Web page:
• The method chosen must be appropriate for the scientific outcome that is desired. This could include the type of sample that needs to be taken from an animal, what is being measured in terms of data, and how long death will take to occur.  


  • Schedule 1 of ASPA outlines which methods are suitable for which species, weight, and stage of development. This should be the first port of call when choosing a method and a method should only be selected if it is explicitly stated that it is suitable for the animal requiring euthanasia.  

What is best for the animals? 

  • The welfare of the animals being euthanised is vitally important and there are many known stressors to animals that can be reduced depending on the method selected. Known stressors include: 
    • The level of pain that will be experienced 
    • Transporting the animal from their housing to the area where killing will take place 
    • Capturing the animal  
    • Handling the animal 
    • Restraining the animal 
    • Separating the animal from other animals within its housing if they are a social species. Euthanasia must be performed out of sight, sound, and smell of other animals on the premises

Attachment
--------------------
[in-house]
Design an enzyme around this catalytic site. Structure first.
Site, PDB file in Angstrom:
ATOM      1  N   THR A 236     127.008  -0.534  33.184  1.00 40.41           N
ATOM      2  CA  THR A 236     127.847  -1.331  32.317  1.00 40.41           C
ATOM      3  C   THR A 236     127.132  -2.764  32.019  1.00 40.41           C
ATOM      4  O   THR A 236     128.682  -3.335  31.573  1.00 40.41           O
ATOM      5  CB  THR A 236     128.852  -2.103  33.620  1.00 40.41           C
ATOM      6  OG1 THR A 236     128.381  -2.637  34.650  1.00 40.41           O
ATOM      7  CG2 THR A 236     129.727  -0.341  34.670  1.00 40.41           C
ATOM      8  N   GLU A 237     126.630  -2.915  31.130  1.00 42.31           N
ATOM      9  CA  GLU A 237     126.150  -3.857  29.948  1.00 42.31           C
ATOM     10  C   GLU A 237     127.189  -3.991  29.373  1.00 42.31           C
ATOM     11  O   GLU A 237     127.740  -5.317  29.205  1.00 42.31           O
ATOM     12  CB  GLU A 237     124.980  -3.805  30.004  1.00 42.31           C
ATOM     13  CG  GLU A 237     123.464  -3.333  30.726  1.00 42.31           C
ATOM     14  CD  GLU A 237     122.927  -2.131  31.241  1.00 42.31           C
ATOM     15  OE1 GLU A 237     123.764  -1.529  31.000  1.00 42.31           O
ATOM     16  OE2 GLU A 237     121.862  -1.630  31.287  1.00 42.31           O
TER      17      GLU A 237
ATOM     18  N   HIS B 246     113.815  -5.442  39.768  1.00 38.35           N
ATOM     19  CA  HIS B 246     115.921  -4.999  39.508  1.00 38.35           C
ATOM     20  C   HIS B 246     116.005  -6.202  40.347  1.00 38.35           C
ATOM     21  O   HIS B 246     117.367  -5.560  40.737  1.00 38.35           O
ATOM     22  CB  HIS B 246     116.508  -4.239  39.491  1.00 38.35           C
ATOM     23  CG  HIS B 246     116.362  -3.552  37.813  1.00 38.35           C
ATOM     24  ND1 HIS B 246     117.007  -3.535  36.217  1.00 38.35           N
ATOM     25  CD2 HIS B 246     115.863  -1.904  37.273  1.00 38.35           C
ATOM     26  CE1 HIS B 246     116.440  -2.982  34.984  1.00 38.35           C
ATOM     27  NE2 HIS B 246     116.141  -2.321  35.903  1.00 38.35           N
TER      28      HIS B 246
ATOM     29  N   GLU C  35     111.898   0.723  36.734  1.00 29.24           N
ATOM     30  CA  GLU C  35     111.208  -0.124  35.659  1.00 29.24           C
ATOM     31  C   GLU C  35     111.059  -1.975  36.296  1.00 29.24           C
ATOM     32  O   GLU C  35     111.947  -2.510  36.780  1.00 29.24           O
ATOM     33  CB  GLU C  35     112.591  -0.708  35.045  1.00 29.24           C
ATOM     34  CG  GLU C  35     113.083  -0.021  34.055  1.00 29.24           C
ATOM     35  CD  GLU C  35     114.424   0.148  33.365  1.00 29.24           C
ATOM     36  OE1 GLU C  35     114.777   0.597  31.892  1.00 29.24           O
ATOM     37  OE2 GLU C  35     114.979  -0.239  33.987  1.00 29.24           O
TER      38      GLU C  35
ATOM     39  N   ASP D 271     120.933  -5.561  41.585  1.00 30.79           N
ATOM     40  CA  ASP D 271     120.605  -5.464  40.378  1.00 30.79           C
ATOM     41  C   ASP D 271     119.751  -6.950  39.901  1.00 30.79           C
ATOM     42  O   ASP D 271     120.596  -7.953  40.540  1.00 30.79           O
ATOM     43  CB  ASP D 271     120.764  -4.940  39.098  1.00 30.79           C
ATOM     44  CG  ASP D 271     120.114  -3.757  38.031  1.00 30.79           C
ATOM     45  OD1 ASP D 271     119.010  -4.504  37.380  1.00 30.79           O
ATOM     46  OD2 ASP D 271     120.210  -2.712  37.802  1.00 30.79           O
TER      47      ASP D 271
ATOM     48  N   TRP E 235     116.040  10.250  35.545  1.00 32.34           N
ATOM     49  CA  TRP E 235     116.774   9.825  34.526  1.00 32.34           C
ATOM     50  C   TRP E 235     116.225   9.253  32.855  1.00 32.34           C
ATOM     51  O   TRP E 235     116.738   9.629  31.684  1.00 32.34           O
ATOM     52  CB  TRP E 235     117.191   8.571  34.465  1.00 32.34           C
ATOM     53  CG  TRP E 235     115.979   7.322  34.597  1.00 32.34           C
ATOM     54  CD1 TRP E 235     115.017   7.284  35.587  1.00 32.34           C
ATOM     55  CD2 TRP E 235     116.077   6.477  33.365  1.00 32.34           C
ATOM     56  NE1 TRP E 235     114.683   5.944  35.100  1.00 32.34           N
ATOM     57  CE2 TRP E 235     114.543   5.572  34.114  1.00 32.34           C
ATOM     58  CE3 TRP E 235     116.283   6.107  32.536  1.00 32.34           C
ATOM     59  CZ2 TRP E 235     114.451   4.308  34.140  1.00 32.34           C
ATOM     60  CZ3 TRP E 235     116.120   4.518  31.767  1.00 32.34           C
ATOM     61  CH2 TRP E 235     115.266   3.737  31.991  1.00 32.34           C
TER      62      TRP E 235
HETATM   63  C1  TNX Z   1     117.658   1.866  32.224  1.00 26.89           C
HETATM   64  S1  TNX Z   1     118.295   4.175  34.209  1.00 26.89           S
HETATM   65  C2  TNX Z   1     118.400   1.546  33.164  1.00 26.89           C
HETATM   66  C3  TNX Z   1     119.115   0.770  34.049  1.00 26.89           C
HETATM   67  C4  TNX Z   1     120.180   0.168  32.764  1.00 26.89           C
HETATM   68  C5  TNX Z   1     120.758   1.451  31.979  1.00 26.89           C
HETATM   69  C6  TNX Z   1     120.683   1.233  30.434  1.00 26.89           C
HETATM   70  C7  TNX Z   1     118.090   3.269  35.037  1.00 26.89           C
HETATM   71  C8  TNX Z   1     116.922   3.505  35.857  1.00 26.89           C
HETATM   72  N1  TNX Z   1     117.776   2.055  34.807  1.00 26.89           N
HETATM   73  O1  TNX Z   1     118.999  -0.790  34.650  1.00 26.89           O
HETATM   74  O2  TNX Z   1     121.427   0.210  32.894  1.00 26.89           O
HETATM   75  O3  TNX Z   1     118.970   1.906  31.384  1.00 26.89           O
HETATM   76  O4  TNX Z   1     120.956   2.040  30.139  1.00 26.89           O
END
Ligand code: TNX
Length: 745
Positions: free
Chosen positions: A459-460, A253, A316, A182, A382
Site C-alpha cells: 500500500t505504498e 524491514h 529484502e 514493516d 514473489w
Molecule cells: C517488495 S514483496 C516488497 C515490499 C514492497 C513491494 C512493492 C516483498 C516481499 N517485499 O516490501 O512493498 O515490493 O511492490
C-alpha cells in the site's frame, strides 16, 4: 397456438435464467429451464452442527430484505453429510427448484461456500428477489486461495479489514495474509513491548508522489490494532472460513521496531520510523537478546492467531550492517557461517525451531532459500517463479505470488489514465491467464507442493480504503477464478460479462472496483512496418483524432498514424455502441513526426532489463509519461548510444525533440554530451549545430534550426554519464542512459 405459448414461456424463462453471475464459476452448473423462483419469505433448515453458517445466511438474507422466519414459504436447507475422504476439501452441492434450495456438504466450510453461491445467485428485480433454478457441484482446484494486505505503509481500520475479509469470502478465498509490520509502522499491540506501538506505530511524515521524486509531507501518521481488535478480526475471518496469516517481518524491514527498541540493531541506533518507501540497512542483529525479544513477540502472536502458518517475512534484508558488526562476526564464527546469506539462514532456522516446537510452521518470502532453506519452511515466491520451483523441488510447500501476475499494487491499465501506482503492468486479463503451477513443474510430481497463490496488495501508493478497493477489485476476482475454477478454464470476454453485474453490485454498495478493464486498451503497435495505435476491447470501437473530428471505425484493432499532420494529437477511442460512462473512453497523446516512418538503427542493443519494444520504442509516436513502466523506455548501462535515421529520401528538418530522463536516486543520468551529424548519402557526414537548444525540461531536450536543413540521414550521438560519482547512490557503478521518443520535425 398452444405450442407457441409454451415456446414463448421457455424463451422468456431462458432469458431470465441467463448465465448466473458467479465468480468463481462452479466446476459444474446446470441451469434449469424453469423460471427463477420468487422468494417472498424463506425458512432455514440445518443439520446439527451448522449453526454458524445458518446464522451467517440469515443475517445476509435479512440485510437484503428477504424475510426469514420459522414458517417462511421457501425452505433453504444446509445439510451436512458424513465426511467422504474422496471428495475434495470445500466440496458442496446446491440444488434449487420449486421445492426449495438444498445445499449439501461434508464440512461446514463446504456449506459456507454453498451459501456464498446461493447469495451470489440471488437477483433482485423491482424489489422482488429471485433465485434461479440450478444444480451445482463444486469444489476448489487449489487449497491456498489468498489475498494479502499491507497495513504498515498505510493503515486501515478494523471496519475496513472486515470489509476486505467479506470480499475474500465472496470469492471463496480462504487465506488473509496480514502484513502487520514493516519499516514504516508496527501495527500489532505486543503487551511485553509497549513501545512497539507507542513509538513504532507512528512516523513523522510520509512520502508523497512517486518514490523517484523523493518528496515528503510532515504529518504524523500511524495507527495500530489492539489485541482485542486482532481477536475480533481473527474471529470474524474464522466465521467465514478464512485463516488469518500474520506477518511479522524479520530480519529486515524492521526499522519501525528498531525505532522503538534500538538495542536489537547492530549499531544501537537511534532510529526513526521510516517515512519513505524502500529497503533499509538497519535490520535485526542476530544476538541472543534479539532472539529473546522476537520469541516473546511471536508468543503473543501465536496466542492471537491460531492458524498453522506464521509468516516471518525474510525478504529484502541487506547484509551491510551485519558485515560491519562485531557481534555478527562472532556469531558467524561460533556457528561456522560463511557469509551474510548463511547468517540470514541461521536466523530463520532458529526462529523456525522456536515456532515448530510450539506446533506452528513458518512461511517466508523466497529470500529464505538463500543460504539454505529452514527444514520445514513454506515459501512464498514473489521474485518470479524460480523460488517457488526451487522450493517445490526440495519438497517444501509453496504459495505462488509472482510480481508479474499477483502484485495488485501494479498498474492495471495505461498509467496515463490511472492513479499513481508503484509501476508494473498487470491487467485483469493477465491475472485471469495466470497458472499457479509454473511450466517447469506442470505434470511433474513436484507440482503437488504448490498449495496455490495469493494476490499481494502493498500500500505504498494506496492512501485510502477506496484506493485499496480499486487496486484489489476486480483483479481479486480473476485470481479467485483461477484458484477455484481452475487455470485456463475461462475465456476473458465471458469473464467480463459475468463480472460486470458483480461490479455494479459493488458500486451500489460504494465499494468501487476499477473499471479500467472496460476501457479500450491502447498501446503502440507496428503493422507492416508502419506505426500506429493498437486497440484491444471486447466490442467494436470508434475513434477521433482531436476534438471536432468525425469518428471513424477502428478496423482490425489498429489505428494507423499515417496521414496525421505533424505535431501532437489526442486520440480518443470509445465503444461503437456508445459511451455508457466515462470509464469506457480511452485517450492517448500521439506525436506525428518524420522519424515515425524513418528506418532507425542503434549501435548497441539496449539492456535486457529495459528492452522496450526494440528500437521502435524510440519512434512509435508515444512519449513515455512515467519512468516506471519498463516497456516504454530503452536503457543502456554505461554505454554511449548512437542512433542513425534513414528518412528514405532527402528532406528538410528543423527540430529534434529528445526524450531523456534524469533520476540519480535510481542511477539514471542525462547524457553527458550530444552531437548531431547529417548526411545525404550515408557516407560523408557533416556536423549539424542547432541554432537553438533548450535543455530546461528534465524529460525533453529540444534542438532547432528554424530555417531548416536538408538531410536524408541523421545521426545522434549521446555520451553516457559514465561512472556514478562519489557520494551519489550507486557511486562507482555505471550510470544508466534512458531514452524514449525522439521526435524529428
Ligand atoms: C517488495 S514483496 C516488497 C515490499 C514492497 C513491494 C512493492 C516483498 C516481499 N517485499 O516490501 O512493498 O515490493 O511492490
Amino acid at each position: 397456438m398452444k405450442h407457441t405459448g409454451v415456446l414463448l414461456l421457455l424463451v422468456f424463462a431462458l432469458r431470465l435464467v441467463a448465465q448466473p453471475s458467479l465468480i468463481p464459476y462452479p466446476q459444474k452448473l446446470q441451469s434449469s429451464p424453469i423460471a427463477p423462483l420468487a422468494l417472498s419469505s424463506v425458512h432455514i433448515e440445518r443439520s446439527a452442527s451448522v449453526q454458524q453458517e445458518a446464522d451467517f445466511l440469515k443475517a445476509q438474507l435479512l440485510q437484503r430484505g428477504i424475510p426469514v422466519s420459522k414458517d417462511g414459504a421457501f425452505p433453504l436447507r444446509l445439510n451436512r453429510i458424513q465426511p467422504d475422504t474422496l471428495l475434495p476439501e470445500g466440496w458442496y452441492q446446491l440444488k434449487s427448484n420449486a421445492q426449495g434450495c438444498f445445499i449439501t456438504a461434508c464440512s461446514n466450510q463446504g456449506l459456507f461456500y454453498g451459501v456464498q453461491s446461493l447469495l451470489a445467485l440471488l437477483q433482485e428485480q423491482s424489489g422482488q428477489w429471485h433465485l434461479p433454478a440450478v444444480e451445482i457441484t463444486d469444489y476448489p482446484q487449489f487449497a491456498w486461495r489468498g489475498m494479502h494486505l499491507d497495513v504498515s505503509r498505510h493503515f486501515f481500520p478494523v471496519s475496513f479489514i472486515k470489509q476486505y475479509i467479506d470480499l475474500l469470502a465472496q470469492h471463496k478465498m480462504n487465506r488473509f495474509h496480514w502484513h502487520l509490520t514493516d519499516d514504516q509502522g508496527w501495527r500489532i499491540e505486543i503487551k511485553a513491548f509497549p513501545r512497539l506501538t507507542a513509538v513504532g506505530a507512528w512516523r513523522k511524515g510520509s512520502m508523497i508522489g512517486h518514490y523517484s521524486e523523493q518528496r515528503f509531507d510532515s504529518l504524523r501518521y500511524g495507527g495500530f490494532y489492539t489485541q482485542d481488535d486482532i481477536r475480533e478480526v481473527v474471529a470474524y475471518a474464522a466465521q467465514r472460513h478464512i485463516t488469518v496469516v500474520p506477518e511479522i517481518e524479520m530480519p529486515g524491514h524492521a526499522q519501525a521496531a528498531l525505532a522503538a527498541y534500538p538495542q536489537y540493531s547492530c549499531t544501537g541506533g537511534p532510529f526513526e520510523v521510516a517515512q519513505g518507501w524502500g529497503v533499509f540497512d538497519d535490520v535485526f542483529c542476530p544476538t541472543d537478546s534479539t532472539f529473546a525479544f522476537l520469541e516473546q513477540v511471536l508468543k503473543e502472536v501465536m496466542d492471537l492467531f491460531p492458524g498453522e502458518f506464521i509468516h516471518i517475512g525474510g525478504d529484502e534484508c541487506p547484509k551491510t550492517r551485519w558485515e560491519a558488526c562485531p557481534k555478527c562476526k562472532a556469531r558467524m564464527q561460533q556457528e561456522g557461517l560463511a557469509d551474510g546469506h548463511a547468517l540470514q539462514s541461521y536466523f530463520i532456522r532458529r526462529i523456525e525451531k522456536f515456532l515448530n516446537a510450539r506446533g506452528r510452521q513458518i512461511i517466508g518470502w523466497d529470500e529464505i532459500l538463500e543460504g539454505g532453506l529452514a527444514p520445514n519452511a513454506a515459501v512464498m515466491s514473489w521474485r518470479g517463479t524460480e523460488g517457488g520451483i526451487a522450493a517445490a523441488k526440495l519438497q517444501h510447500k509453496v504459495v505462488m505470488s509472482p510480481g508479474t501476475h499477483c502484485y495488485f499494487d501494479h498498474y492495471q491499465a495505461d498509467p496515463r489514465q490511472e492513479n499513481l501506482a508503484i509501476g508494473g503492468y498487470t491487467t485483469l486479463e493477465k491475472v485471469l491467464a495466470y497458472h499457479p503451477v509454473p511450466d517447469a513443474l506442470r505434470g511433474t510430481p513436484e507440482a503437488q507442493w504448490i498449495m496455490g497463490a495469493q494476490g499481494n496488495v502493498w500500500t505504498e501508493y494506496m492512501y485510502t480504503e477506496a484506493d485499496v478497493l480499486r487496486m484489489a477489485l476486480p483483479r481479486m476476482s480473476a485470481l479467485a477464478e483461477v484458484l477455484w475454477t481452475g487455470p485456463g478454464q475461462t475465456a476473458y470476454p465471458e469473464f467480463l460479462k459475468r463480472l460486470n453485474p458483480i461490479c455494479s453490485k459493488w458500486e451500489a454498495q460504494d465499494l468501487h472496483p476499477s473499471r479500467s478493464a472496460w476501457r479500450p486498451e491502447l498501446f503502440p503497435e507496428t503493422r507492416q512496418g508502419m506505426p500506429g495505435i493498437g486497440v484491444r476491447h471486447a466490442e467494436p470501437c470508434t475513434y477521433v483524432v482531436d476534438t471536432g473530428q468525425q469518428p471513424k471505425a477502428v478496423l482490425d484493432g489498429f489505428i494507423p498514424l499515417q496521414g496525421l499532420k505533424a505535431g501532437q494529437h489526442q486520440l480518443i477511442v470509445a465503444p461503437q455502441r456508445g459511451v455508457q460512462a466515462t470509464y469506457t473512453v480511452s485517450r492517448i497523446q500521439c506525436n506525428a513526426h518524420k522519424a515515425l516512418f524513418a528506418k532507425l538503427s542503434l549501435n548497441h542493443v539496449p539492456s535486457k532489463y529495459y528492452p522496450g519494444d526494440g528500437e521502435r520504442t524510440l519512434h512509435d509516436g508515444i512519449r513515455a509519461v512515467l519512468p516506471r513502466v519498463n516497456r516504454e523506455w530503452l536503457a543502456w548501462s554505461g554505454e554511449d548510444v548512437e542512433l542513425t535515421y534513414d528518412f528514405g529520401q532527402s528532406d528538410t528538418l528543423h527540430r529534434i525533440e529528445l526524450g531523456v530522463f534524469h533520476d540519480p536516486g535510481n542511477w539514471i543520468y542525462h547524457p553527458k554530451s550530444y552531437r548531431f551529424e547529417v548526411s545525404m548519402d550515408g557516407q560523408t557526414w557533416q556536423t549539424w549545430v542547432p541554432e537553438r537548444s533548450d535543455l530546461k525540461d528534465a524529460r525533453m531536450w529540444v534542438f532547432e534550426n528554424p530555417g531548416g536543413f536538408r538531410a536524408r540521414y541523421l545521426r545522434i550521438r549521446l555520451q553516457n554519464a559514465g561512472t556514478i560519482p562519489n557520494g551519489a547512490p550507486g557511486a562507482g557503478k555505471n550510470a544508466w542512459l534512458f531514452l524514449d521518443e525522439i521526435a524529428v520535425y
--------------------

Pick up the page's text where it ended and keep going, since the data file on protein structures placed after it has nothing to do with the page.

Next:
• Exposure to an unfamiliar location 

Of the stressors named above, all except the level of pain experienced are likely to be experienced before a schedule 1 killing physically taking place. 

  • The most humane method of killing should always be considered as a priority, however, it is important to note that the quickest method does not always equal the most humane. The quicker methods, such as neck dislocation have a higher risk of injury, pain, and distress should the method be carried out incorrectly. 
  • The physical constraints of whoever is performing the euthanasia must also be considered to ensure that a method can be performed practically and efficiently.